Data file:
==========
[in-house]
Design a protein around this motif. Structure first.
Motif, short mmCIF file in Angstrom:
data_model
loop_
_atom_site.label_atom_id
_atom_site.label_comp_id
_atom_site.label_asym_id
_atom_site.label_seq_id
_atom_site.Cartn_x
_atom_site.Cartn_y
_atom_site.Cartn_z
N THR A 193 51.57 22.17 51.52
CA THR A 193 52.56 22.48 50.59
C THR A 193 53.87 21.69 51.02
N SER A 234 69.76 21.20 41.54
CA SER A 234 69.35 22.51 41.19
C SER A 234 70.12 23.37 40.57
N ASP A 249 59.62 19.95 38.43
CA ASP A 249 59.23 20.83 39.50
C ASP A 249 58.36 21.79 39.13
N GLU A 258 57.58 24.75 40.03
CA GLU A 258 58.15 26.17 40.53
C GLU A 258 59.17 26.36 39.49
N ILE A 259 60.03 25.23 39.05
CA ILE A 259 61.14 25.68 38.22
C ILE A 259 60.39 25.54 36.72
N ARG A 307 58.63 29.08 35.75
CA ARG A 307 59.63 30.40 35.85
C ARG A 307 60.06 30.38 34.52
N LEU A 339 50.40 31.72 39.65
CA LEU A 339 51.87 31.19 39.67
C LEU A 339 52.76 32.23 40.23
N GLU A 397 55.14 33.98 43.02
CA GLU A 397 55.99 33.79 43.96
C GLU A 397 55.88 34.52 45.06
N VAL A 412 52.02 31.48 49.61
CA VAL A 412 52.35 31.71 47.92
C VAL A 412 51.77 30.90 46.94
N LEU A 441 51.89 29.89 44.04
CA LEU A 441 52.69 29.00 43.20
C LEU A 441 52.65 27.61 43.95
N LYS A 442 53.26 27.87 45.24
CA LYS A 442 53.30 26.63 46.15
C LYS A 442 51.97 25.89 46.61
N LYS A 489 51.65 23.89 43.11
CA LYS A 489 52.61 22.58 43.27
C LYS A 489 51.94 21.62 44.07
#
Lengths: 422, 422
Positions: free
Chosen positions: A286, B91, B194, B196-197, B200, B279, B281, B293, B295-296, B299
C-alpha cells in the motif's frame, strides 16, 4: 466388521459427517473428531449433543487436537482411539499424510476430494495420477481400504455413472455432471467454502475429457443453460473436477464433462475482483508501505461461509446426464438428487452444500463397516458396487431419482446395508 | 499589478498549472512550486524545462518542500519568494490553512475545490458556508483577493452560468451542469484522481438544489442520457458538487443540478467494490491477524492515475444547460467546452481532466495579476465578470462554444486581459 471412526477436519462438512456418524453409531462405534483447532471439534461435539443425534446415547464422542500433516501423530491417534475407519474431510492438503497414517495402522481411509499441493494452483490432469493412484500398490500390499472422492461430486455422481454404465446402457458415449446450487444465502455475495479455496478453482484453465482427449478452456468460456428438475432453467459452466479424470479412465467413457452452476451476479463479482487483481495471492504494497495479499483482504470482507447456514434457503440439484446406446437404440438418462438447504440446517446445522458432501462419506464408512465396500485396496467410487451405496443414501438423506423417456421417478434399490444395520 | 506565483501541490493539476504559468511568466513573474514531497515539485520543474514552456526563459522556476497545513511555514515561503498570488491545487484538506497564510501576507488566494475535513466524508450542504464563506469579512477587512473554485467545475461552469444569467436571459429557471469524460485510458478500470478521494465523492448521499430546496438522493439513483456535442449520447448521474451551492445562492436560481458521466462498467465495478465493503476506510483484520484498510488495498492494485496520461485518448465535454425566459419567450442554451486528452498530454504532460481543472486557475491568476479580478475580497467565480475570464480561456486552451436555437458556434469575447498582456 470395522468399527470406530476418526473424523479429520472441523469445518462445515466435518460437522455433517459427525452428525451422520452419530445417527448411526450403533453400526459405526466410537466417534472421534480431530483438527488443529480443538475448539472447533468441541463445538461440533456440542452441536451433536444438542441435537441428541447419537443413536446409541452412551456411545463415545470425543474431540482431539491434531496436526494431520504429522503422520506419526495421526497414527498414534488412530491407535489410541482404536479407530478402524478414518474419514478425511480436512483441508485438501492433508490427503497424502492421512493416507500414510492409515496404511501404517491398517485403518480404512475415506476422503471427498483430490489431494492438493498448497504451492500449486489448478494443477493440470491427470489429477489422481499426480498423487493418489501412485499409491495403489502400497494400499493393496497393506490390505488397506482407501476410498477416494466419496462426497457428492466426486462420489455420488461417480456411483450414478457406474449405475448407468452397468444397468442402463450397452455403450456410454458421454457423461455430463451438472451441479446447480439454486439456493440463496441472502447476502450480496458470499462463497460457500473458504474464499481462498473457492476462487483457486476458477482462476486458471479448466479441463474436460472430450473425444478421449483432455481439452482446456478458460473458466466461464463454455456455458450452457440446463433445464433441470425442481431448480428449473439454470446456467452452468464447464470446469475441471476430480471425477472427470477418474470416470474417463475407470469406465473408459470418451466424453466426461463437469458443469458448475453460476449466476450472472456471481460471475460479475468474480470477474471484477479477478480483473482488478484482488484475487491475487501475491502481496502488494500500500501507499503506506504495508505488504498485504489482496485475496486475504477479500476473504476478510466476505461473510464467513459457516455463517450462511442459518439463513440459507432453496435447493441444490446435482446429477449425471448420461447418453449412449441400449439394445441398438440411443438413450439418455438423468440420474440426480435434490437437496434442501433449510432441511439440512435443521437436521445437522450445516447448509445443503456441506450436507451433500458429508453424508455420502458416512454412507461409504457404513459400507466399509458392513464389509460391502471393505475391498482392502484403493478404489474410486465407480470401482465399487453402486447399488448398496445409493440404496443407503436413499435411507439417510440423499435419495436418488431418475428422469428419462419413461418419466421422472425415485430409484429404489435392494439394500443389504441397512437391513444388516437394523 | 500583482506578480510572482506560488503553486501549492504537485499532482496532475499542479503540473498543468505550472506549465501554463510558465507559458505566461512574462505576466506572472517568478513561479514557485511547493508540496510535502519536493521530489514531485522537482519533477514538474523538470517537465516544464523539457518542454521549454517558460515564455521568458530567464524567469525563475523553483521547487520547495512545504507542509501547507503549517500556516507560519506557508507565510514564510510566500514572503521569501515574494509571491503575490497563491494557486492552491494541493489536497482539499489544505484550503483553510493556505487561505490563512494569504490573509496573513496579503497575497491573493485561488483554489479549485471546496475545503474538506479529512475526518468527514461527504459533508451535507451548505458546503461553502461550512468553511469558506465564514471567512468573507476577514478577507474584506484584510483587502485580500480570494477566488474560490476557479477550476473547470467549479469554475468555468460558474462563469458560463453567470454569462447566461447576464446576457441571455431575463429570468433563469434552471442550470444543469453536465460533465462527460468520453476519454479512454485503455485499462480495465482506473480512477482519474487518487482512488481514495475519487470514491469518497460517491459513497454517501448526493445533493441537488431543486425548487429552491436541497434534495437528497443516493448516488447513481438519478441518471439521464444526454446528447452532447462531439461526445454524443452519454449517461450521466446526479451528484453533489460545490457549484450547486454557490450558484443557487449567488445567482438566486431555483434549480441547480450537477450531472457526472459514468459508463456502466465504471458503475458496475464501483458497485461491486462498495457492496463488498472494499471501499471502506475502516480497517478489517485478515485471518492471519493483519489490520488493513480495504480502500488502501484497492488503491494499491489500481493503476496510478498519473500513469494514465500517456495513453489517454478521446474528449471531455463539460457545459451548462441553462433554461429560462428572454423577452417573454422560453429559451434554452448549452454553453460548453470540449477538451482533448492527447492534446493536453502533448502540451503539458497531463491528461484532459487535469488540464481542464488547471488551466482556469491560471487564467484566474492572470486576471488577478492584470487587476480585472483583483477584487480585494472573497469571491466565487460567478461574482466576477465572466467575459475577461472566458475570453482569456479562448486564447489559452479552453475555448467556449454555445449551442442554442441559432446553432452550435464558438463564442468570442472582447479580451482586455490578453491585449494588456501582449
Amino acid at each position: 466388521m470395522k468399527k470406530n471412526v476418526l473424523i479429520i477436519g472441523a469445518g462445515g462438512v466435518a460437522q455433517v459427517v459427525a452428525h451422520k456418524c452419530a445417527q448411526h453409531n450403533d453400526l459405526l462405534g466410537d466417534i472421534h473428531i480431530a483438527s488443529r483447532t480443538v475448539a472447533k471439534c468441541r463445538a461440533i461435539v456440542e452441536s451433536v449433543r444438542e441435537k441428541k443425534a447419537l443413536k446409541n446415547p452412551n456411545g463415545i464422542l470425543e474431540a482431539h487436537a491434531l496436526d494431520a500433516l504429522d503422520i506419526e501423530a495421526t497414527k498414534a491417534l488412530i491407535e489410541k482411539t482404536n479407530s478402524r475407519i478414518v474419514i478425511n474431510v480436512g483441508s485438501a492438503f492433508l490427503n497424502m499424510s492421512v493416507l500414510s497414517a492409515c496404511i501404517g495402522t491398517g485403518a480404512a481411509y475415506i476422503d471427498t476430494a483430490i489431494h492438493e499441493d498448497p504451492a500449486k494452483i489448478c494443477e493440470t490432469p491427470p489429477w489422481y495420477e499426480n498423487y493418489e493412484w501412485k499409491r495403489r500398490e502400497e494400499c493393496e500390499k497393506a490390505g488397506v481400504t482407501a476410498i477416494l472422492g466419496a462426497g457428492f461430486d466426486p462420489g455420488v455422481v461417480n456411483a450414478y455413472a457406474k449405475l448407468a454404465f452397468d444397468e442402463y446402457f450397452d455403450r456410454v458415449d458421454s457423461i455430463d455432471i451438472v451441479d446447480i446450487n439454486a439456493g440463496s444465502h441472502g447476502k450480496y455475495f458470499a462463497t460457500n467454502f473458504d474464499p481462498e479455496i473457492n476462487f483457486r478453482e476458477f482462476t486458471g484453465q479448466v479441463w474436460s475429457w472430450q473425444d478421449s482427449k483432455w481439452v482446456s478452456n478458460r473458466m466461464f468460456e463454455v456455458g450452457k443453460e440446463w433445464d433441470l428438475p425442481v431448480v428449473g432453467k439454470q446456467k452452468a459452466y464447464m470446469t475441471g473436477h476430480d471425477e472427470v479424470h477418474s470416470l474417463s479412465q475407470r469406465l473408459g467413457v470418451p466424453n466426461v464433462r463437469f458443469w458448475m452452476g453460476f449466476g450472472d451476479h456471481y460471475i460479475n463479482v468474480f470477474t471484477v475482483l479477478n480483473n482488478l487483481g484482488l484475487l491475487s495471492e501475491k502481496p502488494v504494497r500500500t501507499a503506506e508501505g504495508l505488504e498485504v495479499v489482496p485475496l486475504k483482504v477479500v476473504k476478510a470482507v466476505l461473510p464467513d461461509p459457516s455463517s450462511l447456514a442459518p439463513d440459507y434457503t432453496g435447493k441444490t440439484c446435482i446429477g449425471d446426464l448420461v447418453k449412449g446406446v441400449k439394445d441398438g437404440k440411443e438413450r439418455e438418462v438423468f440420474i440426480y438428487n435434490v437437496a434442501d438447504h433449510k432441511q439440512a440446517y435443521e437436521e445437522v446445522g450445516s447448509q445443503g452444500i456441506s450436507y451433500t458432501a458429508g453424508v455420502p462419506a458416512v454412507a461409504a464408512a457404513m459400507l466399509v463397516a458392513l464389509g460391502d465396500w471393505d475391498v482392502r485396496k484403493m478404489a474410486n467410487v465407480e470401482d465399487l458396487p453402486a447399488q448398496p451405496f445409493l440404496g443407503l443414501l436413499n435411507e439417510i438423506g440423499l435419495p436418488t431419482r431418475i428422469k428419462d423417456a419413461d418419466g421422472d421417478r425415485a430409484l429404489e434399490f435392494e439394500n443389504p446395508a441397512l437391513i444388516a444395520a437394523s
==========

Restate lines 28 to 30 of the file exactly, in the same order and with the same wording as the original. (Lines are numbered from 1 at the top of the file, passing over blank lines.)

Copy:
N ARG A 307 58.63 29.08 35.75
CA ARG A 307 59.63 30.40 35.85
C ARG A 307 60.06 30.38 34.52